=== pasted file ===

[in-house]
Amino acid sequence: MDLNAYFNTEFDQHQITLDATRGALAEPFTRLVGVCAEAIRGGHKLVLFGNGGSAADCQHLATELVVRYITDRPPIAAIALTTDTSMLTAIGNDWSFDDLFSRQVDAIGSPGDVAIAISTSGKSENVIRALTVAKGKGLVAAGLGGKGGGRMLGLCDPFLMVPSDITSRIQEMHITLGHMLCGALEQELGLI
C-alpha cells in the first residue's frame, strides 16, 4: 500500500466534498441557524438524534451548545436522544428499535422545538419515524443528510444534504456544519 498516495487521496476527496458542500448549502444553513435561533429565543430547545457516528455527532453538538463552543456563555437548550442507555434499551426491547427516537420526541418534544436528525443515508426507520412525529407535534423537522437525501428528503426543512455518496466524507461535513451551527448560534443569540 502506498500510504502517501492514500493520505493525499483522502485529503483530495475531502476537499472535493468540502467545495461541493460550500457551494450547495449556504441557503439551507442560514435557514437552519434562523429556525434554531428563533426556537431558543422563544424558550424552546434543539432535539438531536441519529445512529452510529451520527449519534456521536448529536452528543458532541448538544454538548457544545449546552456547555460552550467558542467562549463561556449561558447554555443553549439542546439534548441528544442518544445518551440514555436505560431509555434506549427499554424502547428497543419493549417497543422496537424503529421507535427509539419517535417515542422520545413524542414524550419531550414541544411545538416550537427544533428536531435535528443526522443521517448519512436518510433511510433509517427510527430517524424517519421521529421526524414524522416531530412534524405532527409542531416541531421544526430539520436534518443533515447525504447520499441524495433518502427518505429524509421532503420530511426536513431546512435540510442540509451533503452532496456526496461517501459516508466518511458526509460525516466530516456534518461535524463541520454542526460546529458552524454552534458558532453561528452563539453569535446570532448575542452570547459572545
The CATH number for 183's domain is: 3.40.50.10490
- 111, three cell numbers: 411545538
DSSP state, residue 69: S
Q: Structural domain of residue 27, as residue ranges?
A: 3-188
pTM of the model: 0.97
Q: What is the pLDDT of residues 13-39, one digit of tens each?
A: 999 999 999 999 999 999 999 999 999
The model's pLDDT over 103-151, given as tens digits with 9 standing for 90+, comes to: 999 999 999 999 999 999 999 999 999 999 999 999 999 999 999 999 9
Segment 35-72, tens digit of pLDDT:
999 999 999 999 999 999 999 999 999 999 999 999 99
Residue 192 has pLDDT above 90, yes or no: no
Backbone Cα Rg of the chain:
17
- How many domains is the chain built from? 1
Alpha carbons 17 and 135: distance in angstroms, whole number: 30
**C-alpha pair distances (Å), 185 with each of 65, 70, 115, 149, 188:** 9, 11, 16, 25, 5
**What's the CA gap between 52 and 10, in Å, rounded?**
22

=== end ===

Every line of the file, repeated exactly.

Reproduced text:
[in-house]
Amino acid sequence: MDLNAYFNTEFDQHQITLDATRGALAEPFTRLVGVCAEAIRGGHKLVLFGNGGSAADCQHLATELVVRYITDRPPIAAIALTTDTSMLTAIGNDWSFDDLFSRQVDAIGSPGDVAIAISTSGKSENVIRALTVAKGKGLVAAGLGGKGGGRMLGLCDPFLMVPSDITSRIQEMHITLGHMLCGALEQELGLI
C-alpha cells in the first residue's frame, strides 16, 4: 500500500466534498441557524438524534451548545436522544428499535422545538419515524443528510444534504456544519 498516495487521496476527496458542500448549502444553513435561533429565543430547545457516528455527532453538538463552543456563555437548550442507555434499551426491547427516537420526541418534544436528525443515508426507520412525529407535534423537522437525501428528503426543512455518496466524507461535513451551527448560534443569540 502506498500510504502517501492514500493520505493525499483522502485529503483530495475531502476537499472535493468540502467545495461541493460550500457551494450547495449556504441557503439551507442560514435557514437552519434562523429556525434554531428563533426556537431558543422563544424558550424552546434543539432535539438531536441519529445512529452510529451520527449519534456521536448529536452528543458532541448538544454538548457544545449546552456547555460552550467558542467562549463561556449561558447554555443553549439542546439534548441528544442518544445518551440514555436505560431509555434506549427499554424502547428497543419493549417497543422496537424503529421507535427509539419517535417515542422520545413524542414524550419531550414541544411545538416550537427544533428536531435535528443526522443521517448519512436518510433511510433509517427510527430517524424517519421521529421526524414524522416531530412534524405532527409542531416541531421544526430539520436534518443533515447525504447520499441524495433518502427518505429524509421532503420530511426536513431546512435540510442540509451533503452532496456526496461517501459516508466518511458526509460525516466530516456534518461535524463541520454542526460546529458552524454552534458558532453561528452563539453569535446570532448575542452570547459572545
The CATH number for 183's domain is: 3.40.50.10490
- 111, three cell numbers: 411545538
DSSP state, residue 69: S
Q: Structural domain of residue 27, as residue ranges?
A: 3-188
pTM of the model: 0.97
Q: What is the pLDDT of residues 13-39, one digit of tens each?
A: 999 999 999 999 999 999 999 999 999
The model's pLDDT over 103-151, given as tens digits with 9 standing for 90+, comes to: 999 999 999 999 999 999 999 999 999 999 999 999 999 999 999 999 9
Segment 35-72, tens digit of pLDDT:
999 999 999 999 999 999 999 999 999 999 999 999 99
Residue 192 has pLDDT above 90, yes or no: no
Backbone Cα Rg of the chain:
17
- How many domains is the chain built from? 1
Alpha carbons 17 and 135: distance in angstroms, whole number: 30
**C-alpha pair distances (Å), 185 with each of 65, 70, 115, 149, 188:** 9, 11, 16, 25, 5
**What's the CA gap between 52 and 10, in Å, rounded?**
22